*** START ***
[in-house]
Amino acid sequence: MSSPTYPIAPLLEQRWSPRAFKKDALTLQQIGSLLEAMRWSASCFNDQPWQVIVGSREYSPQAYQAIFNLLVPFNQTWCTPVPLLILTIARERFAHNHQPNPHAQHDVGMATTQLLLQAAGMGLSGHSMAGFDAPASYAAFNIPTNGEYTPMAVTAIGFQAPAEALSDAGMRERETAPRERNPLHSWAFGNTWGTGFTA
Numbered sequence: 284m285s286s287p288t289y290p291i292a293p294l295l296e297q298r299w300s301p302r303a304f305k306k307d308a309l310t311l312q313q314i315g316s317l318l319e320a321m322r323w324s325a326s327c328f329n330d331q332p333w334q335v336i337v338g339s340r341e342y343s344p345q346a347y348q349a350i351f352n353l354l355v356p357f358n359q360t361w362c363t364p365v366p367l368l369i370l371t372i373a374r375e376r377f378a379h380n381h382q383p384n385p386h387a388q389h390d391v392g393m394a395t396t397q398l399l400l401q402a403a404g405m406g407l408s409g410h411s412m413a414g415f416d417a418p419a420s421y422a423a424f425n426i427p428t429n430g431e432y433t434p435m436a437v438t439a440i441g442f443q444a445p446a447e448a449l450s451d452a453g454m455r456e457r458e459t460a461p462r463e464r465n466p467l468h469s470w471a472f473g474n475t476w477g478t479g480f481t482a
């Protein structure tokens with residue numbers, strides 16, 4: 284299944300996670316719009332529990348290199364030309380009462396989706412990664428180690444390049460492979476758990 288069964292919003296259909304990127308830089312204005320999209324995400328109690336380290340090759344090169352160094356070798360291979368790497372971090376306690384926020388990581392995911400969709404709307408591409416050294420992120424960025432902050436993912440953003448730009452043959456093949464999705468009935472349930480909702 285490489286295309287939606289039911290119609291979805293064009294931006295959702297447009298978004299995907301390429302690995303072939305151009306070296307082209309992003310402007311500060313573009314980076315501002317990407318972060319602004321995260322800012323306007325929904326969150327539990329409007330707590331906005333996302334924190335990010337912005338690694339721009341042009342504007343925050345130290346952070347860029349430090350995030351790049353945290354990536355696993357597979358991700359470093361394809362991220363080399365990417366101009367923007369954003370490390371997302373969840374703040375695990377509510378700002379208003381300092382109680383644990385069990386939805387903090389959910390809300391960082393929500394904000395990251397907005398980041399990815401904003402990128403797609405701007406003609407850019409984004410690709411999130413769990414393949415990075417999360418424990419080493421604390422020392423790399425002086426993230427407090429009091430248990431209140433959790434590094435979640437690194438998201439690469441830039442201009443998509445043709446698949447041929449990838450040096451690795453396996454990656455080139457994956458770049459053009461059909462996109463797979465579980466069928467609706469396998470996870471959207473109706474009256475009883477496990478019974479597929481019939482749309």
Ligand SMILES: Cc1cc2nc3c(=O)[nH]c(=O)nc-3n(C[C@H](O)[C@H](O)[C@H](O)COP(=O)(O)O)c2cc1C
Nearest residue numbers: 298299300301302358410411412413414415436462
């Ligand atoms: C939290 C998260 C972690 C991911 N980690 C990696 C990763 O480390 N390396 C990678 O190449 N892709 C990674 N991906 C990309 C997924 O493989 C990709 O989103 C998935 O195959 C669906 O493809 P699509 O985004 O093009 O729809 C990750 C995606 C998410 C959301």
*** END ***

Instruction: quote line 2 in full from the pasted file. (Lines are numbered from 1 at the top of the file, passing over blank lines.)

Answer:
Amino acid sequence: MSSPTYPIAPLLEQRWSPRAFKKDALTLQQIGSLLEAMRWSASCFNDQPWQVIVGSREYSPQAYQAIFNLLVPFNQTWCTPVPLLILTIARERFAHNHQPNPHAQHDVGMATTQLLLQAAGMGLSGHSMAGFDAPASYAAFNIPTNGEYTPMAVTAIGFQAPAEALSDAGMRERETAPRERNPLHSWAFGNTWGTGFTA